Removing Asbestos Siding

A person in a blue safety suit carrying a piece of building material to be disposed of.
What You'll Need
Pry bar
Nail puller
Plastic sheets
Asbestos removal containers
Disposable coveralls
Rubber boots
Rubber gloves
Safety glasses
Garden hose
Spray bottle
Duct tape
Garbage bags
Liquid detergent

If your home was built before the 1960s there’s a good chance you have asbestos siding. Asbestos increased durability and longevity in building materials, but it's also associated with serious health risks. With a little determination and planning, however, you can remove asbestos on your own.

Step 1 - Get a Permit for Removal

The first thing you need to do is check your local laws when it comes to asbestos removal. More often than not, you will need to obtain a permit, which your local permit office should supply. If they cannot issue a license, they should know how to get one.

Step 2 - Take Proper Precautions

Red tape with the words "Danger Asbestos Removal" on it.

With a permit in hand, it’s a good idea to post signs that warn family and friends of the potential hazards during the removal process. Then, lay plastic sheeting under the side of the house where the siding will be removed. Try to work in the shade to keep the water from drying too fast.

Step 3 - Wear Safety Gear

Before you start tearing things down, you’ll want to make sure you have the proper safety gear. This includes a pair of disposable coveralls, gloves, boots, filtered respirators, and goggles. It’s recommended that you use a respirator with a HEPA filter, especially if the siding is in bad condition and likely to break down.

Step 4 - Drench the Siding With a Garden Hose

Start the tear down process by saturating the siding with water via a garden hose. The moisture will help keep the asbestos particles from getting airborne and creating a health hazard. Then, mix a portion of dishwashing detergent and water in a spray bottle. You’ll use this once you start breaking off pieces of siding.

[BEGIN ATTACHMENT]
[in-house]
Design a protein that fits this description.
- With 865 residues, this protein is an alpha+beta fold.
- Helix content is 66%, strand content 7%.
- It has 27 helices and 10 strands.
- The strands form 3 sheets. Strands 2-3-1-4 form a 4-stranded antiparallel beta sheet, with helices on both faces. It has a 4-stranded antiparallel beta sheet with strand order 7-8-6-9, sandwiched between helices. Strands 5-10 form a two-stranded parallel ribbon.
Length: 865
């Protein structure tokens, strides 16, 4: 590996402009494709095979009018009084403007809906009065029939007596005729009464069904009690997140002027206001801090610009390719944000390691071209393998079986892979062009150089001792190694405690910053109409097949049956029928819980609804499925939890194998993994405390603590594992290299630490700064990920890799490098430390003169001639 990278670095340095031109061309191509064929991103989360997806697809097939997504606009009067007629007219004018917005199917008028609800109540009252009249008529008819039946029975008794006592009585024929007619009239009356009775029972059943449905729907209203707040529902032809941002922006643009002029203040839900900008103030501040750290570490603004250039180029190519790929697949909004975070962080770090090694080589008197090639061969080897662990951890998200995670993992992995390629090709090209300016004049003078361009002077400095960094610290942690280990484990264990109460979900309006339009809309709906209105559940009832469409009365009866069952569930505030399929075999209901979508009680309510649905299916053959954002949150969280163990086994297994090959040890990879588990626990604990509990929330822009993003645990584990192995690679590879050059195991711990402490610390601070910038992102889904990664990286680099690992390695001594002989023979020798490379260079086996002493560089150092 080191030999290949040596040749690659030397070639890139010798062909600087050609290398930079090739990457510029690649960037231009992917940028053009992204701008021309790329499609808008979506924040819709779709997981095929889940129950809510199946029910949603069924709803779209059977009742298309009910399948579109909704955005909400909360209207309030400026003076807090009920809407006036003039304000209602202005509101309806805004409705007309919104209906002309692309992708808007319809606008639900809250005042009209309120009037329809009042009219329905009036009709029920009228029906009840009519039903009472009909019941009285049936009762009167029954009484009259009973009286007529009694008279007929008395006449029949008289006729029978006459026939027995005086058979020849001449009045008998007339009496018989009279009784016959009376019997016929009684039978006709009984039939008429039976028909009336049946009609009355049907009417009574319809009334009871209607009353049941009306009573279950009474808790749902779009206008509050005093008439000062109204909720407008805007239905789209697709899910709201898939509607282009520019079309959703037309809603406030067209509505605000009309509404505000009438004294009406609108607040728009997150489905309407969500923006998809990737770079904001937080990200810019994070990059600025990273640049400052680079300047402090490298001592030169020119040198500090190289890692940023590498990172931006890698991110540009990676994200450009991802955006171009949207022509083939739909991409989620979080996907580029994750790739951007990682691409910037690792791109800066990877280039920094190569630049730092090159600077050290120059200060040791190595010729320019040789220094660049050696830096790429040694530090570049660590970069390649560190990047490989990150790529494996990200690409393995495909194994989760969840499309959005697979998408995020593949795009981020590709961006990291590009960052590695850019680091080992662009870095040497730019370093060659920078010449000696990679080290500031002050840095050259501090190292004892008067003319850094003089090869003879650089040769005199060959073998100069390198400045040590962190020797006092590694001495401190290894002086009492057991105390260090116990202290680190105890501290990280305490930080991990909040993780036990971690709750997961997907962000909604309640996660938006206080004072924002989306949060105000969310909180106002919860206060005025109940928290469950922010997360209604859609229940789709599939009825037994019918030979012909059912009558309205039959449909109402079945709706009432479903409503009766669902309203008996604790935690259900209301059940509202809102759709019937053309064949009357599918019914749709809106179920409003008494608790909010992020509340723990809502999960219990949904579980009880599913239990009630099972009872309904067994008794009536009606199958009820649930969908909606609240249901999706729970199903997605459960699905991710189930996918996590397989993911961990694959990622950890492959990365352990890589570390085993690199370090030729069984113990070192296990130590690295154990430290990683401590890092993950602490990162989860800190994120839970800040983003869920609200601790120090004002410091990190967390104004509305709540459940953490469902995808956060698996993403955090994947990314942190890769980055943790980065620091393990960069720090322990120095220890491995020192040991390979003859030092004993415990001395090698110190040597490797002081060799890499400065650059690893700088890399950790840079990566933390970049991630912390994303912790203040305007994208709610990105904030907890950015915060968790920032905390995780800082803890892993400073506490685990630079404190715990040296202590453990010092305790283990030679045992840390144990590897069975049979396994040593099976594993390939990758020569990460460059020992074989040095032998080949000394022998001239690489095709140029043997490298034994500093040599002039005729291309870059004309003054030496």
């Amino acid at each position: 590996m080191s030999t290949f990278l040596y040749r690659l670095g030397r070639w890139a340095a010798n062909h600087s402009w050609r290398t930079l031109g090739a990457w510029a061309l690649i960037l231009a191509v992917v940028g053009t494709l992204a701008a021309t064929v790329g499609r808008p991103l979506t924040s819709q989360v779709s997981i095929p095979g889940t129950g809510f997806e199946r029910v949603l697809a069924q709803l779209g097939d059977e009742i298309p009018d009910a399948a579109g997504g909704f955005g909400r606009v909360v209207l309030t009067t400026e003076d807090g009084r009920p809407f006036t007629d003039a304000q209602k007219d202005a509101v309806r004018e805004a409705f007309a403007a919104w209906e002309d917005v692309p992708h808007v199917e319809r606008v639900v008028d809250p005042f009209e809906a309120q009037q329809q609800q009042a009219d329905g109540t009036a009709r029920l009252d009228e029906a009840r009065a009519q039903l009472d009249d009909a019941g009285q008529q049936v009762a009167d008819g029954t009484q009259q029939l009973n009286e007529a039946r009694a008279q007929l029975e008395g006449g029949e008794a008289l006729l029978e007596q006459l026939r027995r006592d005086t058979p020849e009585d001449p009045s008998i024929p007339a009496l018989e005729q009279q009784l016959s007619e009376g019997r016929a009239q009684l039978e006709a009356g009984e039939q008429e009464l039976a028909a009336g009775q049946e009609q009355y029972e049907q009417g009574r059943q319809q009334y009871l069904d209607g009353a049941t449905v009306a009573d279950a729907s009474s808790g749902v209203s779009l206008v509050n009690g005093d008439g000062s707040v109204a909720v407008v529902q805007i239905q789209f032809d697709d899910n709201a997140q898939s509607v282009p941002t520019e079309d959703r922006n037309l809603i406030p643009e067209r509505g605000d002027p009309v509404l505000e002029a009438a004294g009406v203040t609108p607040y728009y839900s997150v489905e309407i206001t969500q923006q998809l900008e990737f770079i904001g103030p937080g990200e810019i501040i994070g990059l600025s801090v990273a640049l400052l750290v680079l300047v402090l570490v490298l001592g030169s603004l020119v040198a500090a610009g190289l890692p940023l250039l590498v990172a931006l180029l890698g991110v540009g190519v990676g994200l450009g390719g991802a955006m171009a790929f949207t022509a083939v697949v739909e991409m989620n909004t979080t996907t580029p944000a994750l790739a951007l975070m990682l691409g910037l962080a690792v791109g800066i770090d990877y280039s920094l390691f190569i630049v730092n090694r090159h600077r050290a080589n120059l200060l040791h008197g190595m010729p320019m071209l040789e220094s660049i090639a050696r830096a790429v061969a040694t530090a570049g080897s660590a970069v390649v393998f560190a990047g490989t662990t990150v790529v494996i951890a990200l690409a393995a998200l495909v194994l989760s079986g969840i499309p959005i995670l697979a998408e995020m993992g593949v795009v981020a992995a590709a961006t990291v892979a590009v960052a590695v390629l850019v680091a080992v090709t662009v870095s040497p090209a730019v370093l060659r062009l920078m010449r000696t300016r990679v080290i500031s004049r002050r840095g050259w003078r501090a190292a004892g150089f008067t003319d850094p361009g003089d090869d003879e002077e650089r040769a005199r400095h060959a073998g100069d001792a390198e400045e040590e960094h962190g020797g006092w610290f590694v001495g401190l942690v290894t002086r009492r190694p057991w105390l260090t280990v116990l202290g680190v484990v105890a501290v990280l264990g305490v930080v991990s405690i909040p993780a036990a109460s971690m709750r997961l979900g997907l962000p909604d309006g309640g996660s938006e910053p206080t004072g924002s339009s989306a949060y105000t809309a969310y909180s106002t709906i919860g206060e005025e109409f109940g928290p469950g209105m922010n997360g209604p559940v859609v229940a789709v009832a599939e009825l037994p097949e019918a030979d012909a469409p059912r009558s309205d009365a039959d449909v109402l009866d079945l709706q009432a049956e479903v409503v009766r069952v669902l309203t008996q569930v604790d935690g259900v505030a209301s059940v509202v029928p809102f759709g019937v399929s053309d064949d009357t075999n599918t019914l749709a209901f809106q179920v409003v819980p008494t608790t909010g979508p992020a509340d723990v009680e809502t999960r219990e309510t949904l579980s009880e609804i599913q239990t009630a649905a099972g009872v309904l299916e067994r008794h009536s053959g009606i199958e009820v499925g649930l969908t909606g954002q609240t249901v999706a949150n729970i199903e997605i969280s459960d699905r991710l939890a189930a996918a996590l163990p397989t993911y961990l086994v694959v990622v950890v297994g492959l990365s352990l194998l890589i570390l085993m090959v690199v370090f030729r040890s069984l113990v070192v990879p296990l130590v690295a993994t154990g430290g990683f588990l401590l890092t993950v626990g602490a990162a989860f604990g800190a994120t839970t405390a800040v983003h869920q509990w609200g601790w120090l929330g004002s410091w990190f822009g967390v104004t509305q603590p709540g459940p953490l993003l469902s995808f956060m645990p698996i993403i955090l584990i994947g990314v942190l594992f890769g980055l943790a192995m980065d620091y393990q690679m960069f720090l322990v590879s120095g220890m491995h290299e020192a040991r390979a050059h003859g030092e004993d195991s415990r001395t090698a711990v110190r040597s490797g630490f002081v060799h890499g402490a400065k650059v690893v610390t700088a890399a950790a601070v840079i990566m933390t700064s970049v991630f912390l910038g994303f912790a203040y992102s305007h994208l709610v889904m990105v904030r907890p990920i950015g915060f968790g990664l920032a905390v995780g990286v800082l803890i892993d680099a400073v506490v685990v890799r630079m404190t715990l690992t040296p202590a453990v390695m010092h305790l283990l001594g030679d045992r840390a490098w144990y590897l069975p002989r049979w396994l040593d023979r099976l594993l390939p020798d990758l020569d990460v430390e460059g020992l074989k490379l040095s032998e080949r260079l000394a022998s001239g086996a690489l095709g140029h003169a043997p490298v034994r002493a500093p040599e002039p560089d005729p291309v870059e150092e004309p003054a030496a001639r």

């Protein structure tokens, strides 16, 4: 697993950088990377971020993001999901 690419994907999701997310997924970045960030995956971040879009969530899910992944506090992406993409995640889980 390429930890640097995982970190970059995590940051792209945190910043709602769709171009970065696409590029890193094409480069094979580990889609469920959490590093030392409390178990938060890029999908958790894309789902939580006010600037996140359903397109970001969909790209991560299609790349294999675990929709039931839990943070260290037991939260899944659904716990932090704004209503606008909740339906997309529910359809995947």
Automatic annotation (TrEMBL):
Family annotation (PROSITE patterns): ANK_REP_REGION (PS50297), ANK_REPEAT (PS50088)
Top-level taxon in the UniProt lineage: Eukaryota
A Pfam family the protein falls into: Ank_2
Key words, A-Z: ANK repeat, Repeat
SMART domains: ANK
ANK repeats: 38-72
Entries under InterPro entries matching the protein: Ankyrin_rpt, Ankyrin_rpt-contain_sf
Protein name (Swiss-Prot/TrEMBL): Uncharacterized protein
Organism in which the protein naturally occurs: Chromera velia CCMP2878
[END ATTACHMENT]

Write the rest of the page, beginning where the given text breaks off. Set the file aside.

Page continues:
Step 5 - Remove Nails

Before the siding dries, start removing nails by pulling them out or cutting the heads. This will help prevent breaking the siding and releasing asbestos dust. If the siding starts to crumble on its own, spray it with your detergent mixture. Spray the back of each piece once it's removed and carefully place it on the plastic sheet. Periodically spray the removed pieces with water.

Step 6 - Place the Siding in Plastic Containers

A couple of people wrapping up hazardous material in blue plastic.

Once a section is done, double the plastic up and place the siding in containers. The containers should be specifically made for asbestos waste and properly marked. Tie off the tops of each container and seal them with duct tape. If no warning is written on the bag, attach an asbestos warning label to the outside.

Step 7 - Keep the Siding Moist

Repeat the process to every area of the exterior that needs asbestos removal. Make sure to follow all of the safety precautions and avoid handling broken pieces without proper safety equipment. If you have to work in the sun, ensure that the siding is kept moist throughout the removal process.

Step 8 - Remove Debris

After the siding has been removed, it’s time to start the clean up process. Hit the area next to the siding with another layer of water and start to roll up any remaining plastic sheets. Place these sheets into a special container and mark it just like you did with the asbestos removal. These should be handled the same as the asbestos siding.

Step 9 - Remove Safety Gear in Ventilated Area

With everything cleaned up, remove your safety clothing in a well ventilated area. Place these clothing items in double wrapped plastic bags and asbestos removal containers. Tightly seal the bags and use duct tape where necessary. Avoid vacuuming any of the materials as this increases the chances of the asbestos particles going airborne.


The only way to determine if your siding contains asbestos is to get it tested in a lab. Even if you discover asbestos in the siding, it does not pose a health risk unless the fibers are broken and airborne. You can also replace portions of your siding that are chipped instead of tearing it all down. There are companies that make siding to match existing colors and design. Further, it's important to use hard containers for the asbestos as the siding can easily puncture plastic bags. If the bags have been punctured, many waste disposal sites will not accept the materials.